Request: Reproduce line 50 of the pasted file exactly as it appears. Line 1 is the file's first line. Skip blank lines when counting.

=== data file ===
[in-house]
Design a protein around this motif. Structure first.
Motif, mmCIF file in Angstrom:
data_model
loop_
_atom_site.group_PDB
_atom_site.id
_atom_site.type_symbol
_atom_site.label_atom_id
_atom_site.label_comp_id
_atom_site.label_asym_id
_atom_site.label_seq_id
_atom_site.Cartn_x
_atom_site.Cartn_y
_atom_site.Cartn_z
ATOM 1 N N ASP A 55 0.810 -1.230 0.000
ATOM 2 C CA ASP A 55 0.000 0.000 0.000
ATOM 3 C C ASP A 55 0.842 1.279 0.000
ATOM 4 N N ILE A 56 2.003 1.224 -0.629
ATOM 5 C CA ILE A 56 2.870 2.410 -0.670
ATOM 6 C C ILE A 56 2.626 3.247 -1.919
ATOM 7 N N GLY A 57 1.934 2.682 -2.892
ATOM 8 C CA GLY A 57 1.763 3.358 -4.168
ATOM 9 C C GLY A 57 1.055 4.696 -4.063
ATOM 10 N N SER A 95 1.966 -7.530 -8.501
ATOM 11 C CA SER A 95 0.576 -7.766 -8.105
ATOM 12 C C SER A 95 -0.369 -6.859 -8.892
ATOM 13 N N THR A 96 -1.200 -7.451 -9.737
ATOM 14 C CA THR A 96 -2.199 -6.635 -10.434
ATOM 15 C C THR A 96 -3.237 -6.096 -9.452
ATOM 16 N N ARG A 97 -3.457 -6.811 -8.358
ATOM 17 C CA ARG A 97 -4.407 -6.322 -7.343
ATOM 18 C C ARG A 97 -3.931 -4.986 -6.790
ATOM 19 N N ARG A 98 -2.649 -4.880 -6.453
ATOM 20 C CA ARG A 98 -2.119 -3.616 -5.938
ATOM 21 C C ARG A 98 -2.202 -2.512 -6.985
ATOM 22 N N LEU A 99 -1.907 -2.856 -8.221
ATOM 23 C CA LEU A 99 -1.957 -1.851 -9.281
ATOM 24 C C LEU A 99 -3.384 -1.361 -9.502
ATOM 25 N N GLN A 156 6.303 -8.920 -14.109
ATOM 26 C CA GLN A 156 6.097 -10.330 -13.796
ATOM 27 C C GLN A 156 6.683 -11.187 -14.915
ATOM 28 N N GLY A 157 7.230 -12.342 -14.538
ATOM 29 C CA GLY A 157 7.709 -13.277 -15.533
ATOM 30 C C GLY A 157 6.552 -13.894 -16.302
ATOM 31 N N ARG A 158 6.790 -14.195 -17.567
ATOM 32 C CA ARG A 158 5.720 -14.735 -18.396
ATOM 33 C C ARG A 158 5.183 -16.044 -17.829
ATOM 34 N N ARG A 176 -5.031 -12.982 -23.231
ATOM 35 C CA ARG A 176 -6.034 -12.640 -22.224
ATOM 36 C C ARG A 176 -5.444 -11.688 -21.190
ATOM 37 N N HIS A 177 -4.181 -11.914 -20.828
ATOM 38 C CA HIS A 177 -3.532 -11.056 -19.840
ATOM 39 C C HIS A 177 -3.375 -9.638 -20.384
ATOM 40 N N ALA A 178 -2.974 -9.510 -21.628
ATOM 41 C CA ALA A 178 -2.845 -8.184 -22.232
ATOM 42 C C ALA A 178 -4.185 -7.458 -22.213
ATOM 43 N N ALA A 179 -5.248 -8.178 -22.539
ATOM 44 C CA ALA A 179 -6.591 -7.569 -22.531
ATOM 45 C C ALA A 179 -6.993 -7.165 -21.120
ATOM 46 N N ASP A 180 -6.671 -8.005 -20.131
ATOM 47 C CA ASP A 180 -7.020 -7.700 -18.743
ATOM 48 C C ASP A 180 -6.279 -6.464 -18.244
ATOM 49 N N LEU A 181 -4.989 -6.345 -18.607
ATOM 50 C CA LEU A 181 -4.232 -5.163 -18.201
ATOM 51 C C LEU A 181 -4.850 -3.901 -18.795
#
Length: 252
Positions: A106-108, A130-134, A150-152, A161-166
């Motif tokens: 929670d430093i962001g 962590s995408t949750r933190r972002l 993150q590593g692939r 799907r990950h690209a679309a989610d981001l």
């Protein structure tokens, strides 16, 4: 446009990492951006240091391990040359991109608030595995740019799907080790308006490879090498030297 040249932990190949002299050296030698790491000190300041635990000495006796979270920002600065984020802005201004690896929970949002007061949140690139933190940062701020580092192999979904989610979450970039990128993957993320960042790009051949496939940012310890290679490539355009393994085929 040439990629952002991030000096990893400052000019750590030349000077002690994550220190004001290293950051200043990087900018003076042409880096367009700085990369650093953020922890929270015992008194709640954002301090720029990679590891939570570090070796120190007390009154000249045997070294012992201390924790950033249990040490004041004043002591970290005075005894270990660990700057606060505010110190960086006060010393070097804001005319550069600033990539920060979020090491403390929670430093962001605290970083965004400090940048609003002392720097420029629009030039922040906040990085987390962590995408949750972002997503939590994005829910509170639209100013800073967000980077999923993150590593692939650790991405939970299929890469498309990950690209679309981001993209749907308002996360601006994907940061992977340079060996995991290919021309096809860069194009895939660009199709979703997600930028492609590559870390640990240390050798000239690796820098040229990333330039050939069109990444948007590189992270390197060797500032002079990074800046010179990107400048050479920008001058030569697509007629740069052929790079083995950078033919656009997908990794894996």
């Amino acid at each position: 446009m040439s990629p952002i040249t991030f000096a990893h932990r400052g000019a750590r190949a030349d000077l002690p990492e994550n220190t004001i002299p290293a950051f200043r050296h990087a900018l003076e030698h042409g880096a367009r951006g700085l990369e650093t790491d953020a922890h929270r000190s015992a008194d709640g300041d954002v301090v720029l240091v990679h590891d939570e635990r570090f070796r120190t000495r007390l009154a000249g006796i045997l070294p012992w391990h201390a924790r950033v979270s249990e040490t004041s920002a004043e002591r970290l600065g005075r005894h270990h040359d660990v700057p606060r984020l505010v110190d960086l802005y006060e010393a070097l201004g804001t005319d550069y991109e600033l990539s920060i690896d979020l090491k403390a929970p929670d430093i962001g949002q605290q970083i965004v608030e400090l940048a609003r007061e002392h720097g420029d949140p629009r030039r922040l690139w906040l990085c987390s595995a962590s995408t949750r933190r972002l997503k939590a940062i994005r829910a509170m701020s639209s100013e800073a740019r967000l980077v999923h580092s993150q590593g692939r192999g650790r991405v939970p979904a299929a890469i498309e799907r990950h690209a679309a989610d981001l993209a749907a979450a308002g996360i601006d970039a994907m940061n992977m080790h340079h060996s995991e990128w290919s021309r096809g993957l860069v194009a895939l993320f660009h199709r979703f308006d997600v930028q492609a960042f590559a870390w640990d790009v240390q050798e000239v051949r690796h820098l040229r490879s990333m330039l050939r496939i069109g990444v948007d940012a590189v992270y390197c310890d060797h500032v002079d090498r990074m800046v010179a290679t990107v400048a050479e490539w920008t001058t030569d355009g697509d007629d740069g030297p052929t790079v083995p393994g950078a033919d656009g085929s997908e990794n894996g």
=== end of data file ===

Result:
ATOM 35 C CA ARG A 176 -6.034 -12.640 -22.224